It remains a mystery how Pama–Nyungan, the world’s largest hunter-gatherer language family, came to dominate the Australian continent. Some argue that social or technological advantages allowed rapid language replacement from the Gulf Plains region during the mid-Holocene. Others have proposed expansions from refugia linked to climatic changes after the last ice age or, more controversially, during the initial colonization of Australia. Here, we combine basic vocabulary data from 306 Pama–Nyungan languages with Bayesian phylogeographic methods to explicitly model the expansion of the family across Australia and test between these origin scenarios. We find strong and robust support for a Pama–Nyungan origin in the Gulf Plains region during the mid-Holocene, implying rapid replacement of non-Pama–Nyungan languages. Concomitant changes in the archaeological record, together with a lack of strong genetic evidence for Holocene population expansion, suggests that Pama–Nyungan languages were carried as part of an expanding package of cultural innovations that probably facilitated the absorption and assimilation of existing hunter-gatherer groups.Remco R. Bouckaert, Claire Bowern & Quentin D. Atkinson "The origin and expansion of Pama–Nyungan languages across Australia" Nature Ecology & Evolution (March 12, 2018).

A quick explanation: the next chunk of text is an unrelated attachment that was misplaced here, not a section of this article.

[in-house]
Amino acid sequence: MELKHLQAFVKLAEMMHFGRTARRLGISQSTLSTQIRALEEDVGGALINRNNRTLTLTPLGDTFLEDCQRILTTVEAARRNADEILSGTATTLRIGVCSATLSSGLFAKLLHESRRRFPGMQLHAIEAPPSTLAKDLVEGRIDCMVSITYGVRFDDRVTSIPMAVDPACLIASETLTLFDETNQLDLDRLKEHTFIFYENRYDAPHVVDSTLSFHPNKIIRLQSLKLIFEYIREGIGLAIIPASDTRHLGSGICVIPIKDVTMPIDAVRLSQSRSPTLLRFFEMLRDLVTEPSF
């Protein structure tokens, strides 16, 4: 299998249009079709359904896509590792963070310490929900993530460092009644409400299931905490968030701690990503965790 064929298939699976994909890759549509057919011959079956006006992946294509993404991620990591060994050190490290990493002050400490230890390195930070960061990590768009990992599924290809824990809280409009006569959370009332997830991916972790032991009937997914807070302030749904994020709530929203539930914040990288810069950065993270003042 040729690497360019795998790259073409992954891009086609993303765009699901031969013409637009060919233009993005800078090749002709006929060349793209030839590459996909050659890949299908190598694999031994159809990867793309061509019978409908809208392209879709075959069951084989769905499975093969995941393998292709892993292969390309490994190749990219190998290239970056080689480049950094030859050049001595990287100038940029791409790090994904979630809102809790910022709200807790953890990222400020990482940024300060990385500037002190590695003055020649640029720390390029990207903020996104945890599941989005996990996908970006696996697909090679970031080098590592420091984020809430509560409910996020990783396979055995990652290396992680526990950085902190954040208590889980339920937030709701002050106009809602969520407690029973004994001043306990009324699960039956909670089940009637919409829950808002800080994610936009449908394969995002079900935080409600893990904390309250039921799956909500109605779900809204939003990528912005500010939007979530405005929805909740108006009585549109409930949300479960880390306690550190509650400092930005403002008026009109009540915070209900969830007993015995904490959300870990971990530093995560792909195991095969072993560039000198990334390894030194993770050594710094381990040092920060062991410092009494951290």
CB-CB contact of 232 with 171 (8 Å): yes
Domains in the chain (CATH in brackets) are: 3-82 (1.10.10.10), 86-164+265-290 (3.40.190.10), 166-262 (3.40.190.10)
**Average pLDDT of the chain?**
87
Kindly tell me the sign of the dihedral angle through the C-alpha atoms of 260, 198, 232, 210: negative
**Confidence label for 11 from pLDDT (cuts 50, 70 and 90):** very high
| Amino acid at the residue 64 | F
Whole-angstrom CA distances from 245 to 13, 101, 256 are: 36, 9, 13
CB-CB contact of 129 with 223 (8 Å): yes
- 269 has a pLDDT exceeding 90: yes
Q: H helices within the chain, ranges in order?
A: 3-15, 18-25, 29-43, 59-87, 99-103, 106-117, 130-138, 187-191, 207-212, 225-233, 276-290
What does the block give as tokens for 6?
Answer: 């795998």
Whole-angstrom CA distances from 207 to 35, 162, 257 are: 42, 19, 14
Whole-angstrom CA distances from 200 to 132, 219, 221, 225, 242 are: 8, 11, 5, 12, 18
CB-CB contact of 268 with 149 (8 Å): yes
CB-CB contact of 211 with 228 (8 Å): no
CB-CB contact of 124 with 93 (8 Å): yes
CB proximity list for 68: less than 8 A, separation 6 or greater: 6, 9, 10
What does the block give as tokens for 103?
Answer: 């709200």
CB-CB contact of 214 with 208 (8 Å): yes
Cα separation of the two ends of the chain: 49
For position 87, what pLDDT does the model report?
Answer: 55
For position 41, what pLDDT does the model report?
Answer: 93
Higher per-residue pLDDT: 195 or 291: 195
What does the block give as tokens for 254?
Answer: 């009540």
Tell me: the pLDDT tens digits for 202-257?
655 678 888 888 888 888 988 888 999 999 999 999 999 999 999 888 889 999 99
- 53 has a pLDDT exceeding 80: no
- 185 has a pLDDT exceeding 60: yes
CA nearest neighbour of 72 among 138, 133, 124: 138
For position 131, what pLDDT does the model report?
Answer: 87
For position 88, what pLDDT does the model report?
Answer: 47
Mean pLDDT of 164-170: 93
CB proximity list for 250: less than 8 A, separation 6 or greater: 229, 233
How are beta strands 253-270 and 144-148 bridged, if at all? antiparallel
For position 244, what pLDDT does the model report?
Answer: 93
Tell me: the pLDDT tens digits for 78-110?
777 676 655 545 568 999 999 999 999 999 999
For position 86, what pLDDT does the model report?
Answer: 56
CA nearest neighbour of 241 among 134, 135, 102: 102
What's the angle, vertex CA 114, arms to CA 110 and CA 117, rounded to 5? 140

Skepticism is in order because New Zealander Quentin D. Atkinson has a history of relying on math that fails to honor existing linguistic knowledge resulting in clearly wrong predictions. But, his hypothesis here is, at least, strongly conventional wisdom confirming.
My strong suspicion is that the key cultural innovation was the integration of the Dingo into Australian society after ca. 50,000-60,000 previous years without dogs. The epicenter of this expansion coincides perfectly with the expected location of an introduction of the Dingo into Australia, and the Dingo is also known to have resulted in a second wave of mass extinctions of local fauna in Australia.